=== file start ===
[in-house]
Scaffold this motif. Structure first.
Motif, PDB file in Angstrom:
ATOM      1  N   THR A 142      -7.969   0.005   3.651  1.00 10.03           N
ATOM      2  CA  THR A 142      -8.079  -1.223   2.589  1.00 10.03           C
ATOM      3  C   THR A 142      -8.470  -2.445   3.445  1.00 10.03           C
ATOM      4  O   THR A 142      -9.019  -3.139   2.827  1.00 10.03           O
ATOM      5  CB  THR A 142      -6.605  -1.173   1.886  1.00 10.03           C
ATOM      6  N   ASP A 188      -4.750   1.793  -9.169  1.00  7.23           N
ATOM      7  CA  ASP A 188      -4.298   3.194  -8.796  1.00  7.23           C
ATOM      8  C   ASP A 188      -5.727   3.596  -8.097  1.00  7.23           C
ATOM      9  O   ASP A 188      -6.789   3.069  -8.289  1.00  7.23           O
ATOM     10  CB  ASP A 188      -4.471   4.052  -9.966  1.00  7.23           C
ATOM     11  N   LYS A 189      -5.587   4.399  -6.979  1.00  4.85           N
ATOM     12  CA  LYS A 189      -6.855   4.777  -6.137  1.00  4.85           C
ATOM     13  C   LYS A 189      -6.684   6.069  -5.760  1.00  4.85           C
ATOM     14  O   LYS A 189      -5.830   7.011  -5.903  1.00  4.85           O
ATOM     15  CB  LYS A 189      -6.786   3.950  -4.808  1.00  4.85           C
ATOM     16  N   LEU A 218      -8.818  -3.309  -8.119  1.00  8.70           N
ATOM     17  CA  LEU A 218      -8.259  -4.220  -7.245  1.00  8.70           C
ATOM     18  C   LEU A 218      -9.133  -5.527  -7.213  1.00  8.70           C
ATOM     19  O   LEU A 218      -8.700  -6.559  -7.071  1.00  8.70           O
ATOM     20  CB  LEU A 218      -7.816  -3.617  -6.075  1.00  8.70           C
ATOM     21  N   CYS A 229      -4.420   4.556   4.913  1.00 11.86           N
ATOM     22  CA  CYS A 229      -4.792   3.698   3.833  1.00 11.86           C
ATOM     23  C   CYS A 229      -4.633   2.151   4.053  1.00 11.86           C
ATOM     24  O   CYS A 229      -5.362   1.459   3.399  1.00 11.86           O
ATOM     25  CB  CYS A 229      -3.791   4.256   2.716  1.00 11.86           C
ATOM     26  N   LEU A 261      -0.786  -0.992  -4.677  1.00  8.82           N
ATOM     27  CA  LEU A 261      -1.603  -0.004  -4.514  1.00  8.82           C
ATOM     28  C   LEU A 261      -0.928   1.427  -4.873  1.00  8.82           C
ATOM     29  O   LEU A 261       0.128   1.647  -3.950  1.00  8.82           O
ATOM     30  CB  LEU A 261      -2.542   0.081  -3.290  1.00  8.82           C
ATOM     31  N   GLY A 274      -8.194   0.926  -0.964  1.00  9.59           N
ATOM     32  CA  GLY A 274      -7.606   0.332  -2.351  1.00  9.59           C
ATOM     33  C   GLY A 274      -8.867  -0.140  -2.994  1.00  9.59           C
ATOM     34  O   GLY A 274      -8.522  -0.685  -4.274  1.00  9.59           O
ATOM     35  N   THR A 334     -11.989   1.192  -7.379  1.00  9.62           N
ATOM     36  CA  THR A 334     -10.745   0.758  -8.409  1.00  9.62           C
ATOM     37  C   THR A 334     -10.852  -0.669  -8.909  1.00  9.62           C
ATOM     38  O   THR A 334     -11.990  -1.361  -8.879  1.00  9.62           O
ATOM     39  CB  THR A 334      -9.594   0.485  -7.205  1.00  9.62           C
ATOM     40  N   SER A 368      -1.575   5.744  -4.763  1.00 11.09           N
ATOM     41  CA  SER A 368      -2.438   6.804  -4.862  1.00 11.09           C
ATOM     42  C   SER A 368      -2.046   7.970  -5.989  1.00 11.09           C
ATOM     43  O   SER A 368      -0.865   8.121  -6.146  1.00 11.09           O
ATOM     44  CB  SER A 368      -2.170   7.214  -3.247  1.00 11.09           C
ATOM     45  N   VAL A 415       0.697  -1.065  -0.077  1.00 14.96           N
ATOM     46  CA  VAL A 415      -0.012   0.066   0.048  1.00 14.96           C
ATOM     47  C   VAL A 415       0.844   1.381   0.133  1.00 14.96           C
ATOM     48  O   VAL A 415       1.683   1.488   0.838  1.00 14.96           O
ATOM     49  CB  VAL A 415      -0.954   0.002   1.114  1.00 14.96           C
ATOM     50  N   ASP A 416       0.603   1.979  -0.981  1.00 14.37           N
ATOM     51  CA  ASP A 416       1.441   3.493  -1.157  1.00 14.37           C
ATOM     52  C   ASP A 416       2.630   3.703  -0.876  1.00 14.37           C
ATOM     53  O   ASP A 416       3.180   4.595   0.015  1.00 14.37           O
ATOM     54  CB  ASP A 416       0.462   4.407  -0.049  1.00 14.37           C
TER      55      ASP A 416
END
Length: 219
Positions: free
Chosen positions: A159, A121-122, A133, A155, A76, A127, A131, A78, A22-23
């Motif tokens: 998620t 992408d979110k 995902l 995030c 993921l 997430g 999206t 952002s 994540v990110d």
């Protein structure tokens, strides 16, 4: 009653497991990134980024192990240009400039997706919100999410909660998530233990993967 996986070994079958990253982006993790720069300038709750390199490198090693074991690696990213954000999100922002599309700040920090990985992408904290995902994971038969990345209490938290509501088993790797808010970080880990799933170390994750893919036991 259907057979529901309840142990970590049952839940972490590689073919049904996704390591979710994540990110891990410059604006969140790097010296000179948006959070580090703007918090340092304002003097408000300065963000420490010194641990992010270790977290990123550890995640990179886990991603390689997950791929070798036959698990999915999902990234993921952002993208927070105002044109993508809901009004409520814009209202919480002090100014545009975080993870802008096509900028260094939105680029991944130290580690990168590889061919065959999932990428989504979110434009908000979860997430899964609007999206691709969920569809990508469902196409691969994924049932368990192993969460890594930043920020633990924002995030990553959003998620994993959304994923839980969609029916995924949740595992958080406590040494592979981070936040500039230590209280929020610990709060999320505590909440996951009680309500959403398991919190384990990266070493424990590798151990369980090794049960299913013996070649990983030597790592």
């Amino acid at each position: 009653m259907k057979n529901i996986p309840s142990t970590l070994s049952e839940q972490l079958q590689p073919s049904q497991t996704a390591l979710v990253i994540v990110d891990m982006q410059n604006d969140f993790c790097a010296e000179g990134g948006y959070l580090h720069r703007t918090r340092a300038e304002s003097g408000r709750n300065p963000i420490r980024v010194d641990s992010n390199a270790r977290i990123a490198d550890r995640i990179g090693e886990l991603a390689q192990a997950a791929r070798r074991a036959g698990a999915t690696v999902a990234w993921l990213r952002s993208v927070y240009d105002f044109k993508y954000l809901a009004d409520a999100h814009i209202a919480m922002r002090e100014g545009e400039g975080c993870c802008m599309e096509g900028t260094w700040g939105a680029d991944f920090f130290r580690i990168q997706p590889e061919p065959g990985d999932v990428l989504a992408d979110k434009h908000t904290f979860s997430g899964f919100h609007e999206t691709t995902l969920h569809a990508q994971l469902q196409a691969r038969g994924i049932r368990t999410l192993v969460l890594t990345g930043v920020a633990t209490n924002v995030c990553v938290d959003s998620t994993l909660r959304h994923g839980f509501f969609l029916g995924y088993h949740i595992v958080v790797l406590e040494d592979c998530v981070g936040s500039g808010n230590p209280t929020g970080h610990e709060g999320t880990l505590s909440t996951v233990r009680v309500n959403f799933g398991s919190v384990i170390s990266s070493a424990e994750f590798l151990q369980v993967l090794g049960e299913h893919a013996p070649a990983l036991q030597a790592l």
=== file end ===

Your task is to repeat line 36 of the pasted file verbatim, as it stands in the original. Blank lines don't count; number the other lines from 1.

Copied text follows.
ATOM     33  C   GLY A 274      -8.867  -0.140  -2.994  1.00  9.59           C